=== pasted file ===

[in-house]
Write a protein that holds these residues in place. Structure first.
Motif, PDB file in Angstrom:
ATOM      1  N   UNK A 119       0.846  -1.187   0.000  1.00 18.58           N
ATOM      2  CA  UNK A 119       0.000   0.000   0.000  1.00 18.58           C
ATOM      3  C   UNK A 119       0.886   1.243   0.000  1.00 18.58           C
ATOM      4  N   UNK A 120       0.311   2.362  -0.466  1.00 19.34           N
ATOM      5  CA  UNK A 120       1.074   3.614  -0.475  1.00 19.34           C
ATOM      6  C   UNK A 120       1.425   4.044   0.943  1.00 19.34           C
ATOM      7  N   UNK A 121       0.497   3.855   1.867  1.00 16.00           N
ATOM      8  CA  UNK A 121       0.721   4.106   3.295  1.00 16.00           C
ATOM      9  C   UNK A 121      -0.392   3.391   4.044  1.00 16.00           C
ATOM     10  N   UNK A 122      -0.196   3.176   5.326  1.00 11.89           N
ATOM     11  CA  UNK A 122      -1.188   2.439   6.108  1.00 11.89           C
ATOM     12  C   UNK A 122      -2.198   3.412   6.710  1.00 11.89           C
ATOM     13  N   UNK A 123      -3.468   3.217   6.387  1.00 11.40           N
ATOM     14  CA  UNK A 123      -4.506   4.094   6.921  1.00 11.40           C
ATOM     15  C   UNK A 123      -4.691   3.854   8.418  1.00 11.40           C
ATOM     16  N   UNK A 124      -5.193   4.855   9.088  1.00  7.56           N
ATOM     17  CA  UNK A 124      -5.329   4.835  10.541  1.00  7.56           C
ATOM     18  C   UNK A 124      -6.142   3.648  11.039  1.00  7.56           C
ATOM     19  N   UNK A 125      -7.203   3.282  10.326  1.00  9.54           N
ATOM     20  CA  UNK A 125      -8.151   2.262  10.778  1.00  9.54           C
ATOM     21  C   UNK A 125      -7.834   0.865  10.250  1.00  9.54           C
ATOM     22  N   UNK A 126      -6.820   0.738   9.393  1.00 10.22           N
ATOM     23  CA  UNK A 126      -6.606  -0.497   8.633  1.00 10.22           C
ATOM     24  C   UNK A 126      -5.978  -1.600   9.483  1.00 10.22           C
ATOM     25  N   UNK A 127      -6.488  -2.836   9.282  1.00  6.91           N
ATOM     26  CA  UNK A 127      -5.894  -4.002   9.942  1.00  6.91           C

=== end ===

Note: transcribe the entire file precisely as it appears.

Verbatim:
[in-house]
Write a protein that holds these residues in place. Structure first.
Motif, PDB file in Angstrom:
ATOM      1  N   UNK A 119       0.846  -1.187   0.000  1.00 18.58           N
ATOM      2  CA  UNK A 119       0.000   0.000   0.000  1.00 18.58           C
ATOM      3  C   UNK A 119       0.886   1.243   0.000  1.00 18.58           C
ATOM      4  N   UNK A 120       0.311   2.362  -0.466  1.00 19.34           N
ATOM      5  CA  UNK A 120       1.074   3.614  -0.475  1.00 19.34           C
ATOM      6  C   UNK A 120       1.425   4.044   0.943  1.00 19.34           C
ATOM      7  N   UNK A 121       0.497   3.855   1.867  1.00 16.00           N
ATOM      8  CA  UNK A 121       0.721   4.106   3.295  1.00 16.00           C
ATOM      9  C   UNK A 121      -0.392   3.391   4.044  1.00 16.00           C
ATOM     10  N   UNK A 122      -0.196   3.176   5.326  1.00 11.89           N
ATOM     11  CA  UNK A 122      -1.188   2.439   6.108  1.00 11.89           C
ATOM     12  C   UNK A 122      -2.198   3.412   6.710  1.00 11.89           C
ATOM     13  N   UNK A 123      -3.468   3.217   6.387  1.00 11.40           N
ATOM     14  CA  UNK A 123      -4.506   4.094   6.921  1.00 11.40           C
ATOM     15  C   UNK A 123      -4.691   3.854   8.418  1.00 11.40           C
ATOM     16  N   UNK A 124      -5.193   4.855   9.088  1.00  7.56           N
ATOM     17  CA  UNK A 124      -5.329   4.835  10.541  1.00  7.56           C
ATOM     18  C   UNK A 124      -6.142   3.648  11.039  1.00  7.56           C
ATOM     19  N   UNK A 125      -7.203   3.282  10.326  1.00  9.54           N
ATOM     20  CA  UNK A 125      -8.151   2.262  10.778  1.00  9.54           C
ATOM     21  C   UNK A 125      -7.834   0.865  10.250  1.00  9.54           C
ATOM     22  N   UNK A 126      -6.820   0.738   9.393  1.00 10.22           N
ATOM     23  CA  UNK A 126      -6.606  -0.497   8.633  1.00 10.22           C
ATOM     24  C   UNK A 126      -5.978  -1.600   9.483  1.00 10.22           C
ATOM     25  N   UNK A 127      -6.488  -2.836   9.282  1.00  6.91           N
ATOM     26  CA  UNK A 127      -5.894  -4.002   9.942  1.00  6.91           C